By symmetry, no pure strategy in Rock, Paper, Scissors is better than any other. A mixed strategy is formed for a player by assigning probabilities to each of that player's pure strategies. Probabilities due to states of nature are removed in the analysis of games by taking mathematical expectations. But probabilities reappear from rational strategization. I also found interesting Von Neumann and Morgenstern's analysis of an idealized form of poker. One wants one's bluffs to be called in bluffing on occasion so that players will be willing to add more to the pot when one raises on a good hand.

Each player's best mixed strategy in a two-person zero-sum game can be found by solving a Linear Program (LP). Let p1, p2, and p3 be the probabilities that the row player in Table 1 chooses strategies Rock, Scissors, and Paper, respectively. The value of the game to the row player is v. The row player's LP is:
Choose p1, p2, p3, v
To Maximize v
Such that
-p2 + p3v
p1 - p3v
-p1 + p2v
p1 + p2 + p3 = 1
p1 ≥ 0, p2 ≥ 0, p3 ≥ 0
The interest of the column player is to minimize the payout to the row player. The left-hand sides of the first three constraints show the expected value to the row player when the column player plays Rock, Scissors, and Paper, respectively. That is, the coefficients by which the probabilities are multiplied in these constraints come from the columns in Table 1. Given knowledge of the solution probabilities, the column player can guarantee the value of the game does not exceed these expected values by choosing the corresponding column strategy. That is, the column player chooses a pure strategy to minimize the expected payout to the row player.

The column player's LP is the dual of the above LP. As a corollary of duality theory in Linear Programming, a minimax solution exists for all two-person zero-sum games. This existence is needed for the definition of the characteristic function form of a game.

2.3 Characteristic Function Form
The characteristic function form of a game is defined in terms of coalitions of players. An n-person game is reduced to a two-person game, where the "players" consist of a coalition of true players and the remaining players outside the coalition. The characteristic function for a game is the value of the corresponding two-person zero-sum game for each coalition of players. The characteristic function form of the game specifies the characteristic function.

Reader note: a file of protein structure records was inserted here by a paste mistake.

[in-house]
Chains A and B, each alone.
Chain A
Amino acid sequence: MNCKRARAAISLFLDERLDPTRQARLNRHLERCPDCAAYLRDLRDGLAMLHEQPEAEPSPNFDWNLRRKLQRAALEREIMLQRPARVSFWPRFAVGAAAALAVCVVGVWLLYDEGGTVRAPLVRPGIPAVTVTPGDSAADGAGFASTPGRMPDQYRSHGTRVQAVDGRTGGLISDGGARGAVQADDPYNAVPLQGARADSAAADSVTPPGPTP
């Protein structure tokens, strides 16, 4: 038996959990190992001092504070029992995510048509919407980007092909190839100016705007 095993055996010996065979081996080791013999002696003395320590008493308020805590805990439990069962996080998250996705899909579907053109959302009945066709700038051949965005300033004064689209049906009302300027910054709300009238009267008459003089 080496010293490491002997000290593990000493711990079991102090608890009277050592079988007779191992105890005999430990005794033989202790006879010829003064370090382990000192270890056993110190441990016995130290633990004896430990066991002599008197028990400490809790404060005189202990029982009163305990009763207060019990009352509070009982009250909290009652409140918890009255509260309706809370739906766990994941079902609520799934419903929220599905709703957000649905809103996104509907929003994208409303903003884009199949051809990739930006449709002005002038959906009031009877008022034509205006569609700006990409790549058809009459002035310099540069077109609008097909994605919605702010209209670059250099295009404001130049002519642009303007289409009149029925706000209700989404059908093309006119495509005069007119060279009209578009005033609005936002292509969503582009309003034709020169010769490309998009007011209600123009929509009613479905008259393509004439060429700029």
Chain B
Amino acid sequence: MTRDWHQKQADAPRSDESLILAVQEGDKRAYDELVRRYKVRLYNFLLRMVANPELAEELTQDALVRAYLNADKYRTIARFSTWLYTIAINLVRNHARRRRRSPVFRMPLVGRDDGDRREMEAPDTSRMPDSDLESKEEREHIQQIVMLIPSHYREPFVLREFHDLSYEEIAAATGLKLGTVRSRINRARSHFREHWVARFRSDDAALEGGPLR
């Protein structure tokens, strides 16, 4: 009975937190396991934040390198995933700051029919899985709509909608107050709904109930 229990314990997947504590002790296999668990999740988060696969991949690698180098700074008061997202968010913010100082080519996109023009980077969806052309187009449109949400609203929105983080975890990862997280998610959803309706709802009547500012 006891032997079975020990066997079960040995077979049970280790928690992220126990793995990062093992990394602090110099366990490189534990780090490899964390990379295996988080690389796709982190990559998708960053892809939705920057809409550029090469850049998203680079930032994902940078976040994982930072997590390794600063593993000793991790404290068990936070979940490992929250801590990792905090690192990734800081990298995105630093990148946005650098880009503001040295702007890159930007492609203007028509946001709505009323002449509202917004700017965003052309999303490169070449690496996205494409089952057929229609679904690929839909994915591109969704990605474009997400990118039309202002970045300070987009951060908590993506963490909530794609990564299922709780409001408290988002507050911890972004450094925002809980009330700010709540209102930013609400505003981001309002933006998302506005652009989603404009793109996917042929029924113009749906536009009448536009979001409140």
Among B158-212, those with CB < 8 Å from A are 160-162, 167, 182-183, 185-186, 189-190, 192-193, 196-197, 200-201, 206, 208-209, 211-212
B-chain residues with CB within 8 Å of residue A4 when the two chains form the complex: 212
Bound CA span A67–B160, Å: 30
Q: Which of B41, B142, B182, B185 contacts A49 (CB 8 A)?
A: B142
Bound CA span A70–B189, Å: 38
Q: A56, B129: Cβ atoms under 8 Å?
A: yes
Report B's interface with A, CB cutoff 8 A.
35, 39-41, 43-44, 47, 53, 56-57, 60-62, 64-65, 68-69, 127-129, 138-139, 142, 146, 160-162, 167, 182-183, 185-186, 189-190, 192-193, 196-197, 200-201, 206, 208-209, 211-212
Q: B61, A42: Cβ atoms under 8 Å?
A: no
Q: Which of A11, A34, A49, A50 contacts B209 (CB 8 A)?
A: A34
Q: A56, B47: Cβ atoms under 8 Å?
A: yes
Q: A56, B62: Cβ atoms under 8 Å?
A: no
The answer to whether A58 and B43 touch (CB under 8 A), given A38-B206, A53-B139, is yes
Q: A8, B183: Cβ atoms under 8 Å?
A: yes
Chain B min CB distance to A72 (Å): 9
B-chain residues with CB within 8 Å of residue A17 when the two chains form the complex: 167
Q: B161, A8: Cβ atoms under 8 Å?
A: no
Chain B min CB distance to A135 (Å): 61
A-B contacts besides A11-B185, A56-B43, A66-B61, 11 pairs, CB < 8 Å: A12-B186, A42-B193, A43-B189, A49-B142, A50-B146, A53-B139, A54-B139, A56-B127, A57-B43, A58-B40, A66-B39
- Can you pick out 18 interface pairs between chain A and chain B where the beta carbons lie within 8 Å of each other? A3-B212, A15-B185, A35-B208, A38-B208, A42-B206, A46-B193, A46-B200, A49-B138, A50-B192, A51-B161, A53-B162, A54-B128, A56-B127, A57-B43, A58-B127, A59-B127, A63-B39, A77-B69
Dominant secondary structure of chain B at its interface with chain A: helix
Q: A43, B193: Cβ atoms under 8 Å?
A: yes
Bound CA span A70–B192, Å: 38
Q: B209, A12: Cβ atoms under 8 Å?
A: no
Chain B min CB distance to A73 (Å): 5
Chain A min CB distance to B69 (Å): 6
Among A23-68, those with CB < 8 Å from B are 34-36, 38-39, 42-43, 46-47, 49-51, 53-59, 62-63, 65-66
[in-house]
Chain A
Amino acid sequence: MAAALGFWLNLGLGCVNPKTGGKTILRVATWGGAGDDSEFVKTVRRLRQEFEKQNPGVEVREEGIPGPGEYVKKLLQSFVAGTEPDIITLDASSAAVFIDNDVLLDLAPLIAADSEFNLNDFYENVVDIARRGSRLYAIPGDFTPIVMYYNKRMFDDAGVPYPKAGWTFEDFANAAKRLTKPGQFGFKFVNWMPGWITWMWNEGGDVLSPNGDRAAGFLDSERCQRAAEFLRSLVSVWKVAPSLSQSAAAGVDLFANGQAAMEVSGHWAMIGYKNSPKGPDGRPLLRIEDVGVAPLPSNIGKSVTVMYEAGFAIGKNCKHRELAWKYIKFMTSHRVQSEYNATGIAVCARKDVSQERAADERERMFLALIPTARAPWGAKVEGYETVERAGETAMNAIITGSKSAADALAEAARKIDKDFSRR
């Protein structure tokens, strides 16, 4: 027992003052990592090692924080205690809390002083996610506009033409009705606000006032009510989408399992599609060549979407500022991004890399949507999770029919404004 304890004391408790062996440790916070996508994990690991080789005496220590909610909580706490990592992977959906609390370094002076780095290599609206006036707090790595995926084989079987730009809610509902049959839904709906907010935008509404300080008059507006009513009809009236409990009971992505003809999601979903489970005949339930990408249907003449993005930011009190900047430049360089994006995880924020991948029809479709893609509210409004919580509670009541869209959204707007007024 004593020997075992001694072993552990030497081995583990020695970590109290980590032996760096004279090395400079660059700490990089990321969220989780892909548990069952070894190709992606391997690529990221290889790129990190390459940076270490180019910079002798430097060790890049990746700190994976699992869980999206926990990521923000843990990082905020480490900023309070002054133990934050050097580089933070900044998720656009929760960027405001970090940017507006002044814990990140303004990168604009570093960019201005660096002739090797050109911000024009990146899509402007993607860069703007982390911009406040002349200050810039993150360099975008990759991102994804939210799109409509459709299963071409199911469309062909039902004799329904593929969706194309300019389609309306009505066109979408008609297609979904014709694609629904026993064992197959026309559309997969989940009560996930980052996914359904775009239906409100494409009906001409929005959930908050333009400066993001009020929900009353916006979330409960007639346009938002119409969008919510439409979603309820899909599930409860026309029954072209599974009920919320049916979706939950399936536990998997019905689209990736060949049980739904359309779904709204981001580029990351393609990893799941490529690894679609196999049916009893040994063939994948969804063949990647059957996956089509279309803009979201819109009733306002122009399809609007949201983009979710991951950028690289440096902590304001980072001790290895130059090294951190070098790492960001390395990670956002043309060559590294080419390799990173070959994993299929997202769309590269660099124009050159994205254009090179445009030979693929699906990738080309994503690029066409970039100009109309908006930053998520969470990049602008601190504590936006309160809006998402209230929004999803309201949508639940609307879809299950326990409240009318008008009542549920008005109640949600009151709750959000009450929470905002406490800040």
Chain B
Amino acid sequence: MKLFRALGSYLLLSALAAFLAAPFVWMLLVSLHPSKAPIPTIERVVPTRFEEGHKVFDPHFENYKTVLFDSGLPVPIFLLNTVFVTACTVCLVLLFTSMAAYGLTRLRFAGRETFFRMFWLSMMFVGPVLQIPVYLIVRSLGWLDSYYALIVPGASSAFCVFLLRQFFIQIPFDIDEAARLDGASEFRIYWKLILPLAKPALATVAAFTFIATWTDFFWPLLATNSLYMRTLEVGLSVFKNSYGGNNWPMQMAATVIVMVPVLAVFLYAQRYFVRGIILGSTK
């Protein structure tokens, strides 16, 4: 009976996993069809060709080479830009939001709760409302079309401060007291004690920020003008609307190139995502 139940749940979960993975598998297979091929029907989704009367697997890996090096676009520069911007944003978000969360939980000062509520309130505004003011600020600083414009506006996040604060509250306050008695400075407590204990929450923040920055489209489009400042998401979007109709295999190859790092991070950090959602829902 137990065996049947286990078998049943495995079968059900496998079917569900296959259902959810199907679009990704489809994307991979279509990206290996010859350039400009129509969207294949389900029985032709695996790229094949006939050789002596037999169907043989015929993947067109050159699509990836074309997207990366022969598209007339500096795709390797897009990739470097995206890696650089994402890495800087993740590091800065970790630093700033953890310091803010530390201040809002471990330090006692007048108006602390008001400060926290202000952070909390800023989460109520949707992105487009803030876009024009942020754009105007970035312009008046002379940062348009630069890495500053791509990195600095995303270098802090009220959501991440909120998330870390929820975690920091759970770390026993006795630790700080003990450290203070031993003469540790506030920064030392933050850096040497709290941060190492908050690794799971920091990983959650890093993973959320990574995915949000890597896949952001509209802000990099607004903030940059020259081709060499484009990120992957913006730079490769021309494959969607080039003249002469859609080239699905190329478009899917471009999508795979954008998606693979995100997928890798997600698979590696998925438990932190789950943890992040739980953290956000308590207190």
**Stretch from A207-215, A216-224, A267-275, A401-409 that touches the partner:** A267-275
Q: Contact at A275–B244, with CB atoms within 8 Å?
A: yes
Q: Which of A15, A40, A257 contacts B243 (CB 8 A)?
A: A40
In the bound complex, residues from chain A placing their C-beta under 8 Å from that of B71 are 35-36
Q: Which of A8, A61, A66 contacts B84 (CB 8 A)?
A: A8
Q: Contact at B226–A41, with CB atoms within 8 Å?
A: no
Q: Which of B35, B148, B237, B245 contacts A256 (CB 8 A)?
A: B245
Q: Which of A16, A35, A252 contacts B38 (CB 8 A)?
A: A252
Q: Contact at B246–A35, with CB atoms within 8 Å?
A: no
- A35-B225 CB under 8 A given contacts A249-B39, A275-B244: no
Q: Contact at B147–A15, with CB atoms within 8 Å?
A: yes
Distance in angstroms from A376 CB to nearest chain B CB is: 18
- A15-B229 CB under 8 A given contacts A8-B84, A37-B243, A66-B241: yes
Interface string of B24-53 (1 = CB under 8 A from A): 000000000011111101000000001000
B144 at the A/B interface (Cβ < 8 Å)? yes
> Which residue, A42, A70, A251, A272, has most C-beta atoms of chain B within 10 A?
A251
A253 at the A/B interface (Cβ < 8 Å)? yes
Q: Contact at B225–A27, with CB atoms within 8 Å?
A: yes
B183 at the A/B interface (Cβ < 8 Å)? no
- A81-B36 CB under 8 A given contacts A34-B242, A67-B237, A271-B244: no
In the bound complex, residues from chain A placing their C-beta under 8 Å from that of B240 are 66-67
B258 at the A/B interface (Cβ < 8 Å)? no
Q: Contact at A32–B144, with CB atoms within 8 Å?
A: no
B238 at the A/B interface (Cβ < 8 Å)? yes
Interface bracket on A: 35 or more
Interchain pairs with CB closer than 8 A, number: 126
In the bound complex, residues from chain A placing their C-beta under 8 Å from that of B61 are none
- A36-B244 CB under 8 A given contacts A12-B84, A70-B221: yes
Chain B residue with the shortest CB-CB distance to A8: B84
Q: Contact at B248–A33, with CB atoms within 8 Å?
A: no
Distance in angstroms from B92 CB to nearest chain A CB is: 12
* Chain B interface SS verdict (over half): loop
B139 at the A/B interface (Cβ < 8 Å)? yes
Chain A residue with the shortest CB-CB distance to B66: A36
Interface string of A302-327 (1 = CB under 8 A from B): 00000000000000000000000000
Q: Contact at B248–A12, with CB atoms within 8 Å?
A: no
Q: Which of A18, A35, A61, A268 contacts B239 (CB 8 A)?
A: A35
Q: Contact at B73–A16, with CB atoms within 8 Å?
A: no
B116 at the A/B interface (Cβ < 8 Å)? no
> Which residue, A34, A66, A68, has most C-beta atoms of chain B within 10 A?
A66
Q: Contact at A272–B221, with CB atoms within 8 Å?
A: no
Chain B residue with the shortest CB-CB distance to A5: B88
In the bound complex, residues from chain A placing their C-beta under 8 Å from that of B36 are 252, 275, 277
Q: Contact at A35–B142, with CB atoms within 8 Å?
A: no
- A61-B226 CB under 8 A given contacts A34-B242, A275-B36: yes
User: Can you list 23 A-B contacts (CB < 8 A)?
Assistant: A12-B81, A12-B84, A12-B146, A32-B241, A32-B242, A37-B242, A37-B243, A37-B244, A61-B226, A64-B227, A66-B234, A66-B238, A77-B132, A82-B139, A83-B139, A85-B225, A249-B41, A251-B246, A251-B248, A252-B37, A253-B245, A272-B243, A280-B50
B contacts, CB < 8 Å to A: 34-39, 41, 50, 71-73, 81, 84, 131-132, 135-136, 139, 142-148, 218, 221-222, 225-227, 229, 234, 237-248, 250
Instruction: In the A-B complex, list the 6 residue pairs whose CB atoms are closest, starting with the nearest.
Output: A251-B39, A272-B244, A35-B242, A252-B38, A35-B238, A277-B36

As an illustration, Von Neumann and Morgenstern specify the three-person game in Table 2. In this game, coalitions of exactly two people win a unit.

Table 2: Canonical Three Person Game
{ }v( { } ) = 0
{1}v( {1} ) = -1
{2}v( {2} ) = -1
{3}v( {3} ) = -1
{1, 2}v( {1, 2} ) = 1
{1, 3}v( {1, 3} ) = 1
{2, 3}v( {2, 3} ) = 1
{1, 2, 3}v( {1, 2, 3} ) = 0

3.0 A Solution Concept

Definition: An imputation for an n-person game is an n-tuple (a1, a2, ..., an) such that:
  • For all players i, the payout to that player in the imputation does not fall below the amount that that player can obtain without the cooperation of any other player. That is, aiv( {i} ).
  • The total in the imputation of the payouts over all players is the payout v( {1, 2, ..., n} ) to the coalition consisting of all players.

Definition: An imputation a = (a1, a2, ..., an) dominates another imputation b = (b1, b2, ..., bn) if and only if there exists a set of players S such that:
  • S is a subset of {1, 2, ..., n}
  • S is not empty
  • The total in the imputation a of the payouts over all players in S does not exceed the payout v( S ) to the coalition consisting of those players
  • For all players i in S, the payouts ai in a strictly exceed the payouts bi in b

Definition: A set of imputations is a solution (also known as a Von Neumann and Morgenstern solution or a stable set solution) to a game with characteristic function v( ) if and only if:
  • No imputation in the solution is dominated by another imputation in the solution
  • All imputations outside the solution are dominated by some imputation in the solution

Notice that an imputation in a stable set solution can be dominated by some imputation outside the solution. The following set of three imputations is a solution to the three-person zero-sum game in Table 2:
{(-1, 1/2, 1/2), (1/2, -1, 1/2), (1/2, 1/2, -1)}
This solution is constructed by considering all two-person coalitions. In each imputation in the solution, the payouts to the winning coalition are evenly divided.

The above is not the only solution to this game. An uncountably infinite number of solutions exist. Another solution is the following uncountable set of imputations:
{(a, 1 - a, -1) | -1 ≤ a ≤ 2}
This solution can be understood in at least two ways:
  • Player 3 is being discriminated against.
  • The above is a solution to the two-person, non-constant game with the characteristic function in Table 3. A fictitious third player has been appended to allow the game to be analyzed as a three-person zero-sum game.
Von Neumann and Morgenstern present both interpretations.

Table 3: A Two-Person Game With Variable Sum
{ }v( { } ) = 0
{1}v( {1} ) = -1
{2}v( {2} ) = -1
{1, 2}v( {1, 2} ) = 1

The above has defined the Von Neumann and Morgenstern solution to a game. Mathematicians have defined at least one other solution concept to a cooperative game, the core, in which no imputation in the solution set is dominated by any other imputation. I'm not sure I consider the Shapley value as a solution concept, although it does have the structure, I guess, of an imputation.

  • W. F. Lucas, "A Game With No Solution", Bulletin of the American Mathematical Society, V. 74, N. 2 (March 1968): 237-239
  • John von Neumann and Oskar Morgenstern, Theory of Games and Economic Behavior, Princeton University Press (1944, 1947, 1953)


Anonymous said...

What´s wrong with the Shapley value?


Robert Vienneau said...

I do not say that anything is wrong with the Shapley value.

Anonymous said...

Ugh. Why´don´t you consider it a solution concept?